By way of marking the transition tonight from Yom Hazikaron (Israel’s Memorial Day for its fallen soldiers) to Yom Ha’atzmaut (Israel’s Independence Day), there was a speaker at the synagogue I attend, recounting some of his experiences in the 1973 Yom Kippur War. He told one story which stands out.
As you probably know, the USA sent over massive supplies of weapons to Israel to rearm it after the attack of the Arab armies. These weapons included a piece of brand new technology, namely the TOW anti-tank missile. (The Arab armies had made devastating use of the USSR equivalent, the Sagger.)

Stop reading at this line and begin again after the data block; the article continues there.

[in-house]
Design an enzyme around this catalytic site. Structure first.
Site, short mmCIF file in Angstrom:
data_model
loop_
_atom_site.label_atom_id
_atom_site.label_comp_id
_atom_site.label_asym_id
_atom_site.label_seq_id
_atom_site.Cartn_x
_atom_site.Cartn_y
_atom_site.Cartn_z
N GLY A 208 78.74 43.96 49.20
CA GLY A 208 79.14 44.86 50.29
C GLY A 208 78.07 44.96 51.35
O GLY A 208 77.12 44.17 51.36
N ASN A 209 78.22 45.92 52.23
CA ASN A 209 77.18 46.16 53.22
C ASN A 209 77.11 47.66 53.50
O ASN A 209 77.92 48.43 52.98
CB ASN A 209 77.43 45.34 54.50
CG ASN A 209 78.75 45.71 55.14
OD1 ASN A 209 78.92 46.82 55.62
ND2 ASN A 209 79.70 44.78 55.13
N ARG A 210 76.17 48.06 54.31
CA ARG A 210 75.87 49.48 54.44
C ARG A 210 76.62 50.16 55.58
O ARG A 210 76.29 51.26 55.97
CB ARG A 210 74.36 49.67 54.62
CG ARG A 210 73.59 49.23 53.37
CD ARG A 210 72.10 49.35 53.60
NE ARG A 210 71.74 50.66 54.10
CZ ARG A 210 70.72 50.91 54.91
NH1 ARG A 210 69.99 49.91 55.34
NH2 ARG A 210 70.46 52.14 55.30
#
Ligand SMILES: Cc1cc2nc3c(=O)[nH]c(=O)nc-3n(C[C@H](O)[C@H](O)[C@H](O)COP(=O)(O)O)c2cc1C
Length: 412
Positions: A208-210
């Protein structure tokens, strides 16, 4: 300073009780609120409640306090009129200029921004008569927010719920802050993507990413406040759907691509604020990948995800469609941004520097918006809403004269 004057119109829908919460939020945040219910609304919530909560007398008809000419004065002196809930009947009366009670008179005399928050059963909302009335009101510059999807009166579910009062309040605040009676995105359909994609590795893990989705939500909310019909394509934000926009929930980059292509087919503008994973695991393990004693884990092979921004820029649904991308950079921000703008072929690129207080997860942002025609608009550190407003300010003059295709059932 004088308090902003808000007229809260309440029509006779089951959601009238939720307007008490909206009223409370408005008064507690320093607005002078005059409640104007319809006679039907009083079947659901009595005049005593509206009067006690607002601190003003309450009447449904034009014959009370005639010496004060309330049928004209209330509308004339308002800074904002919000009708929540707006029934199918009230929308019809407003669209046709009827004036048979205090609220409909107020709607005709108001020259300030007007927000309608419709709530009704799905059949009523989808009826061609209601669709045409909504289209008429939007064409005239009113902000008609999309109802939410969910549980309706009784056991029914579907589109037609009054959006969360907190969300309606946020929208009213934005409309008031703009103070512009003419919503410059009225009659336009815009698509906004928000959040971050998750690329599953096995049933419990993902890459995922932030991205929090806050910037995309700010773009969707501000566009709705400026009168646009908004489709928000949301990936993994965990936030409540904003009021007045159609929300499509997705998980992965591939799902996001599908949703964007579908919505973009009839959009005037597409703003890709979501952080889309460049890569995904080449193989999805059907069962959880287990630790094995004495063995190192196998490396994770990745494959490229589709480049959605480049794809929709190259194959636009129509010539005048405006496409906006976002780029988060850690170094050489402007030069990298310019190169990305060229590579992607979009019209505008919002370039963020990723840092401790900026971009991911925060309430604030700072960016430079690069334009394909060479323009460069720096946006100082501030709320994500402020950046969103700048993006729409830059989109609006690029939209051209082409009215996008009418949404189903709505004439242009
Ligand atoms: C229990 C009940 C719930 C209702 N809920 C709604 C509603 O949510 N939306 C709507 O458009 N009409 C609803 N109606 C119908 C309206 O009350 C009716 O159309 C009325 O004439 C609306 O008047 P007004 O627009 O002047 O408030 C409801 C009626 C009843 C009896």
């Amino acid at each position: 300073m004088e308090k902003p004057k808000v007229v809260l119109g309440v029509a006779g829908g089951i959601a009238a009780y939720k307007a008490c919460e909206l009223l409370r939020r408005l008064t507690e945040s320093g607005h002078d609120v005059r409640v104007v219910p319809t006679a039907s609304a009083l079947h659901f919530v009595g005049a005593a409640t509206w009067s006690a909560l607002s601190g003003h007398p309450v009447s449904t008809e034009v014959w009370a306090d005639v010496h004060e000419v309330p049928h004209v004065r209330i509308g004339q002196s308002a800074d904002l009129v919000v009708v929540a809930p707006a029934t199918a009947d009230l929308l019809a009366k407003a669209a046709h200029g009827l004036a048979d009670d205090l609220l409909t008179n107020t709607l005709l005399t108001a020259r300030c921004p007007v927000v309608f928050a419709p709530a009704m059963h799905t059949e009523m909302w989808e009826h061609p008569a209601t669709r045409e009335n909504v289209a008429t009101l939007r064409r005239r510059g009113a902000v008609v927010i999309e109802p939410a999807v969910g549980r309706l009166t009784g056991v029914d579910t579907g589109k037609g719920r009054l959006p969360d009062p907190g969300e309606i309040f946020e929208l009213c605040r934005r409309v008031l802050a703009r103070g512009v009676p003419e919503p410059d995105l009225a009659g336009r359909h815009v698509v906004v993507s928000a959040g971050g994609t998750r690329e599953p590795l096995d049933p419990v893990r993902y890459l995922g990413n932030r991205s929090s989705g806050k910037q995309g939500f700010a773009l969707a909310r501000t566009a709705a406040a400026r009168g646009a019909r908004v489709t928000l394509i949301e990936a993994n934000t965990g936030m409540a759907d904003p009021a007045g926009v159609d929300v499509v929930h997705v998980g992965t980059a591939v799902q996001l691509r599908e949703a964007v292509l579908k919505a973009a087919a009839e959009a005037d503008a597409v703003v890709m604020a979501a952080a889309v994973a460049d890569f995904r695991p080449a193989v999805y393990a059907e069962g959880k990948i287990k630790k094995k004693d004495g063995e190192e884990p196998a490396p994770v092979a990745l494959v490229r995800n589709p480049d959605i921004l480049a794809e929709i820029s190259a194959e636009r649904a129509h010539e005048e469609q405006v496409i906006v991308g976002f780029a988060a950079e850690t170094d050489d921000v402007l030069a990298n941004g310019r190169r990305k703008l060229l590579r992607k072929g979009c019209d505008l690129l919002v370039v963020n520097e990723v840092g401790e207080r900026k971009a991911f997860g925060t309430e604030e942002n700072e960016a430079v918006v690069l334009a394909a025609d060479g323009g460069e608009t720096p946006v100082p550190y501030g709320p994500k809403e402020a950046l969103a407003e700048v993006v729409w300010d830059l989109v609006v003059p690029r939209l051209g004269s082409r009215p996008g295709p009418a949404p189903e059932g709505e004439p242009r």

The speaker was a soldier in one unit which received the first batch of TOW missiles, and he was selected to be the lucky soldier to operate the weapon. Why was he selected? Was he a crack soldier? No. Was he known for being good with new weapons or technology? No. Was he randomly selected, or in the wrong place at the wrong time? No. He was selected because he was a mother tongue English speaker. And why was that significant? Nobody knew how to operate these new fangled weapons. They were not the type of weapon you could just work out what to do by trail and error. However, there was a manual. A manual in English… And so, he became a TOW operator!